The campaign to end violence against women is a deep rooted problem that needs sustained focus and funding, the councillor in charge of equalities has said.

In an exclusive interview with the Glasgow Times, Jen Layden, community empowerment, equalities and human rights convenor at Glasgow City Council said gaps in services need to be addressed and attitudes need to be challenged.

Ms Layden welcomed progress and praised a recent Police Scotland campaign targeting younger men but said the problem is still serious and there can be no let up.

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She said “My view is violence against women is a social pandemic.

Glasgow Times:

“It is entrenched in society and we need to tackle this. We need sustained funding.”

The councillor said the pandemic has exacerbated some problems and allowed a greater focus on finding solutions.

She said: “We have been doing a lot of work on social recovery, addressing inequalities from the pandemic.

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“One of those is violence against women. There is a lot of work being done in the Violence Against Women Partnership through the equally safe strategy.

“It is multi-faceted. It is about attitudes as well as perpetrators.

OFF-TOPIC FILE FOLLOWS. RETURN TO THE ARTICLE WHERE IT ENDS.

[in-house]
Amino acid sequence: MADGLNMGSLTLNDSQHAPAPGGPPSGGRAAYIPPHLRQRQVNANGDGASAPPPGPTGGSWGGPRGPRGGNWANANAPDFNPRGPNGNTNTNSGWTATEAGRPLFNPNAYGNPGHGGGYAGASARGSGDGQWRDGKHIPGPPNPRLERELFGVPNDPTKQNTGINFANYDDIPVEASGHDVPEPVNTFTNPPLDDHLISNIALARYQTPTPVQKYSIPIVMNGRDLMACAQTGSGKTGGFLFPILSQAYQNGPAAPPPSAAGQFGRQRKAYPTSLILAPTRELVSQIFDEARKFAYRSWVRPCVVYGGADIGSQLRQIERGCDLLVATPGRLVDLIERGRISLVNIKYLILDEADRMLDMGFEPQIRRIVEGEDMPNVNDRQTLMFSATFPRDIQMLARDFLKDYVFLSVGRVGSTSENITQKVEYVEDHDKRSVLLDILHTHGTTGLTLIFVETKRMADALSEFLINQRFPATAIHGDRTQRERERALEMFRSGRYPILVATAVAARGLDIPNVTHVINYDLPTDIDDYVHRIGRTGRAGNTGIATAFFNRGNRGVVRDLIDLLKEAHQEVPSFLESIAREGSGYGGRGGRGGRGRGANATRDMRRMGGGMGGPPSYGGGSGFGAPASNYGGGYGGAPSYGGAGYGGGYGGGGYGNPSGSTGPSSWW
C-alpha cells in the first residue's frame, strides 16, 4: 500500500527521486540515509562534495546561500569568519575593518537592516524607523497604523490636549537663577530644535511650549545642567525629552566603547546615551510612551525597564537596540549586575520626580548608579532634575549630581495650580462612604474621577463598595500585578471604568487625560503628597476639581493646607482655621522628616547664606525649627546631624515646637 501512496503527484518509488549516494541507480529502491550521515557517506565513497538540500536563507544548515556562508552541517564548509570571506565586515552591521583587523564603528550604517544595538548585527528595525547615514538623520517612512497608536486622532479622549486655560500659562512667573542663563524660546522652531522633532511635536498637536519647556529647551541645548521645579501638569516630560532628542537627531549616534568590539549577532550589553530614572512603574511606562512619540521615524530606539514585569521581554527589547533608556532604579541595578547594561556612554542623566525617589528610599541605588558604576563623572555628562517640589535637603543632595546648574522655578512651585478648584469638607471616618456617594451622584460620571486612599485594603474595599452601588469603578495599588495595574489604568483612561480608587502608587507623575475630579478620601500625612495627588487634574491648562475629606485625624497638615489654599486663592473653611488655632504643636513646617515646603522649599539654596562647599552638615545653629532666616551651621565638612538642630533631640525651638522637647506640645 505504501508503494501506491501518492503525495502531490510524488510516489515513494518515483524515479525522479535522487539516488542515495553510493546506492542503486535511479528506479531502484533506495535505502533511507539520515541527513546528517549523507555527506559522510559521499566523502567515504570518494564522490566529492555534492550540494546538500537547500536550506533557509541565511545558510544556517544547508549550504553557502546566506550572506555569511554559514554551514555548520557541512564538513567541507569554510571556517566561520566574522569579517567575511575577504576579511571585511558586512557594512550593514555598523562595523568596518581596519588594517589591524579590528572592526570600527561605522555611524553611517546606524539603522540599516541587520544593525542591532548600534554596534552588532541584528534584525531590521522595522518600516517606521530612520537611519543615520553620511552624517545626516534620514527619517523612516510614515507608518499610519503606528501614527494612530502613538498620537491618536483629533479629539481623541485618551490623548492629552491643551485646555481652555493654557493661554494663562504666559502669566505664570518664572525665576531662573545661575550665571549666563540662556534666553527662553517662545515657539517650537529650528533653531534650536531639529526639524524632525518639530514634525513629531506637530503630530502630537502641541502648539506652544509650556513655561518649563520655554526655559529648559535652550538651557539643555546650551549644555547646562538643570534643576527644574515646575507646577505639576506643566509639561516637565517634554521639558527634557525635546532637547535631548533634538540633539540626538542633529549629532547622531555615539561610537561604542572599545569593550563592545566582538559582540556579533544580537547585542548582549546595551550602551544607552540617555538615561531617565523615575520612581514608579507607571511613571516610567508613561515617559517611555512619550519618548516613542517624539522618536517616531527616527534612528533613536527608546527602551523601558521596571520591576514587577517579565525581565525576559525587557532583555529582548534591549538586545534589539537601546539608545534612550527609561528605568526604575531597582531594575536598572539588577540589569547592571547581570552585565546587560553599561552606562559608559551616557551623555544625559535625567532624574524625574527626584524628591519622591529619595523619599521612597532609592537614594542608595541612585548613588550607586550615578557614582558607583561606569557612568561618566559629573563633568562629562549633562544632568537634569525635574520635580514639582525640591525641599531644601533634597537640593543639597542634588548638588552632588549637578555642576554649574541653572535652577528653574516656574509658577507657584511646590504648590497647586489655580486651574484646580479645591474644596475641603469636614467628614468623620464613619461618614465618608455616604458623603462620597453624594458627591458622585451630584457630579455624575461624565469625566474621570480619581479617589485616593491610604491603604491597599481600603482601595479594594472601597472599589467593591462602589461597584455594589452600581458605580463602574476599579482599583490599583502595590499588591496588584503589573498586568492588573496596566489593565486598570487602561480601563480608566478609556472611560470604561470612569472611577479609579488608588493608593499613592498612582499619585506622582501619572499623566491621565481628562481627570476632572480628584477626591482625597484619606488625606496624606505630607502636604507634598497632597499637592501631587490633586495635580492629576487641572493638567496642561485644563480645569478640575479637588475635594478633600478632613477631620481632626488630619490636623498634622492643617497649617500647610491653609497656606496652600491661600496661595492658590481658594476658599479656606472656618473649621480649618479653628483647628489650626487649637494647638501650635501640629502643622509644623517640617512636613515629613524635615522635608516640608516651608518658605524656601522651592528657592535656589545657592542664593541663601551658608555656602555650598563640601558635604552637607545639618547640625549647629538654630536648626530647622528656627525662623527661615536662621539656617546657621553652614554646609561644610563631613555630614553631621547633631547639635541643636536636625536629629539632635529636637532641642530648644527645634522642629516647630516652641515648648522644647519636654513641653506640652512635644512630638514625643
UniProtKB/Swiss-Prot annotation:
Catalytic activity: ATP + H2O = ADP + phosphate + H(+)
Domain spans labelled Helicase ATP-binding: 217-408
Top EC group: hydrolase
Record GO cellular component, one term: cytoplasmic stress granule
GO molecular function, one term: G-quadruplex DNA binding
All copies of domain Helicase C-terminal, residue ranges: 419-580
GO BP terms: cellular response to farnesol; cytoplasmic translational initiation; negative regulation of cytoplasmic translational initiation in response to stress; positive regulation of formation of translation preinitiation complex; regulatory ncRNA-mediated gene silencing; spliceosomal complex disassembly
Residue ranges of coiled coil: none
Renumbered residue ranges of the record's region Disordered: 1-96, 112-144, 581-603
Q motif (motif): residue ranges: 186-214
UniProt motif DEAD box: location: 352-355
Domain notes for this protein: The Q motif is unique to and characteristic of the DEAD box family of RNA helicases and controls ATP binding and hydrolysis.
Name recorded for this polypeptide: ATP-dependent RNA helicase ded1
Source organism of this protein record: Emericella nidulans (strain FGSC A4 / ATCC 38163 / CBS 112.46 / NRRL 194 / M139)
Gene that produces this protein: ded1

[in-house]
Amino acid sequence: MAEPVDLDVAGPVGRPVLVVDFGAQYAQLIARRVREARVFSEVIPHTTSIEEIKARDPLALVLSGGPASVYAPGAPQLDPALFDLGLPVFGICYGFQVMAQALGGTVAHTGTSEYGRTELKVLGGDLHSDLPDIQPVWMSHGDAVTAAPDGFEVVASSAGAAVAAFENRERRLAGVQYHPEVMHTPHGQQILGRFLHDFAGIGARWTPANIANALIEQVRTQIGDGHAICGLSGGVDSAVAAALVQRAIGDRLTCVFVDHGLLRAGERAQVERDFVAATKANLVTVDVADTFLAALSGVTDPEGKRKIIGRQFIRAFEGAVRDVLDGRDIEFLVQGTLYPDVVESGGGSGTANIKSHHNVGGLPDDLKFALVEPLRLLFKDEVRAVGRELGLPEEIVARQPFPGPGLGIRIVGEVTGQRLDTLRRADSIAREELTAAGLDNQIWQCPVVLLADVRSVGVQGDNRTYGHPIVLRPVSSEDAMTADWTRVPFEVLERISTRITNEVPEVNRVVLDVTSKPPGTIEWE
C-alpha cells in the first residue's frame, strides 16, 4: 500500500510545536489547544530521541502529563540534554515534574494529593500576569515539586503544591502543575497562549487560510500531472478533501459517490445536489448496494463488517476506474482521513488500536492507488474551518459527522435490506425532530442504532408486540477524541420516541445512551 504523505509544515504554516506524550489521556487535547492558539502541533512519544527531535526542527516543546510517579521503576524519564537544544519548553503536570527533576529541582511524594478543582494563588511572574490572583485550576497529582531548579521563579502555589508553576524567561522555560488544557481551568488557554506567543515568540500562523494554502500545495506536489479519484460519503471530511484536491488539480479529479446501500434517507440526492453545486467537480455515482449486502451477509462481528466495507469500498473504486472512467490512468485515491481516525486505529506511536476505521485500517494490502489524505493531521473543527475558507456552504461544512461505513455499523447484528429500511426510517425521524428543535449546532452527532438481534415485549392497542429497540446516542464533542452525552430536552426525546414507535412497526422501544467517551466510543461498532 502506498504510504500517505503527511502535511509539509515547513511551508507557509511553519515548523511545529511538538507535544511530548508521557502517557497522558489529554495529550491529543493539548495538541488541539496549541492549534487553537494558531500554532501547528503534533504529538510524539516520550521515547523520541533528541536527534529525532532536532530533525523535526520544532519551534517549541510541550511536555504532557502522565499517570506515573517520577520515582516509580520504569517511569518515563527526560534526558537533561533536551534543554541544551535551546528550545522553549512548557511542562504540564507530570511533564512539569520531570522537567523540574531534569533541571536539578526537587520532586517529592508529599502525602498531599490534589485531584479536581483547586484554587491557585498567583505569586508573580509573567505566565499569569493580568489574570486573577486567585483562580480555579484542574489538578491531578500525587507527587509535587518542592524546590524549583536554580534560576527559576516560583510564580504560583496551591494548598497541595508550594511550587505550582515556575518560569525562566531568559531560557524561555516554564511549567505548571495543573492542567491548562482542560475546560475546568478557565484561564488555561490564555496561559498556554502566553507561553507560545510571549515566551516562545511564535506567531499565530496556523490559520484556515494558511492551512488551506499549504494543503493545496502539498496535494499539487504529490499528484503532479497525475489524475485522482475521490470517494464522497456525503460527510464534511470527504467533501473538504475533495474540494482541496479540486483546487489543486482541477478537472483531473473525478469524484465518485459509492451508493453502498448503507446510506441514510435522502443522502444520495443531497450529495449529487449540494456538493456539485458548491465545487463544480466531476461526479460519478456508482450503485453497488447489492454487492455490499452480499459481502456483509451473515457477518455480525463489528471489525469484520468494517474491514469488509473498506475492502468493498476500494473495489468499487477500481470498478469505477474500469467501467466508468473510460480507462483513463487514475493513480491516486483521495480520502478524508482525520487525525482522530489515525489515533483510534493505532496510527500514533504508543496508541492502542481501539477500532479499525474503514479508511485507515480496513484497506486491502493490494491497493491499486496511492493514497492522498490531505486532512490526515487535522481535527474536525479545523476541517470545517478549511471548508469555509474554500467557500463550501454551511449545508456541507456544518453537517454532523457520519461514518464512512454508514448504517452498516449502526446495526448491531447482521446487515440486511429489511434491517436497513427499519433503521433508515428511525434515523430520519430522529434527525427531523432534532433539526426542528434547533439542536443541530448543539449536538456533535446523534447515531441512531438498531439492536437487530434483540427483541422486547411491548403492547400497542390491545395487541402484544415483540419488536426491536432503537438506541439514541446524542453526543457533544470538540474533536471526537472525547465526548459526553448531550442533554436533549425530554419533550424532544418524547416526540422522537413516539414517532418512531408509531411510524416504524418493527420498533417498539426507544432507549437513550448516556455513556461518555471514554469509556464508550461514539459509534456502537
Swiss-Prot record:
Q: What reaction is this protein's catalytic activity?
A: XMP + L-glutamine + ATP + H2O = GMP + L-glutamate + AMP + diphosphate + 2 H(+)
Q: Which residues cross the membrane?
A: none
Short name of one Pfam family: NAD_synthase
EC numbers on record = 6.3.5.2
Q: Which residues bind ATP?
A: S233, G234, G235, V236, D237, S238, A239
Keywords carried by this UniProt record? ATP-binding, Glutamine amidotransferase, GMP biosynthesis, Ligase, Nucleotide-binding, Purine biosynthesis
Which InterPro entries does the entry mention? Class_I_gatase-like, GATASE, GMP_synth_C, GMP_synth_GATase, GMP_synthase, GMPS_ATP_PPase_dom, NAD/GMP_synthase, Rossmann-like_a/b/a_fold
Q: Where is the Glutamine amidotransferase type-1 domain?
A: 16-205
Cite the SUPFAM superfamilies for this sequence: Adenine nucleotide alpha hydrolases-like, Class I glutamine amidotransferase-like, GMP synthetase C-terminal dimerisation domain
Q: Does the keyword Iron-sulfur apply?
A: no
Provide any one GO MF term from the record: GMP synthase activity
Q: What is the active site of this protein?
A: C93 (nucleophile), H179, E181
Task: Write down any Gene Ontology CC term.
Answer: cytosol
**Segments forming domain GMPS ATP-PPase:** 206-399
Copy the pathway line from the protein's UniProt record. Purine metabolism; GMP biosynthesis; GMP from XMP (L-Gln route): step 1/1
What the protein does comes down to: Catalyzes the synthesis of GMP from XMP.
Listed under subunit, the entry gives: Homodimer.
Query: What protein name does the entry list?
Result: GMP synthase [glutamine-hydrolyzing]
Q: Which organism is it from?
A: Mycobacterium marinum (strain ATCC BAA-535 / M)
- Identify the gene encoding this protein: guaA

“The new Act looking at coercive control has been a help.

“The campaign from Police Scotland ‘Don’t be that guy’ has raised the game, tackling micro aggression. Men have to be part of the solution.”

She said the Scottish Government has committed to a national review of funding for violence against women.

Ms Layden added: “That is very timely.”

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She said there is a need for a social recovery taskforce to mirror the economic recovery taskforce.

Ms Layden said: “There is a new community action plan for the city. The Glasgow Community Partnership draft is due in February.”

She noted a range of other ongoing initiatives, including work with Glasgow Centre for Population Health who highlight issues within communities and safety of women in parks.

The pandemic has seen a greater resilience in communities with people volunteering and ensuring support has been offered where needed

She said the council can help with building closer relationships within communities.

It is an awareness and willingness she wants to strengthen and not allow it to weaken after the pandemic

Ms Layden added: “The pandemic has moved a stronger focus onto equalities. There’s a more stark view of it.”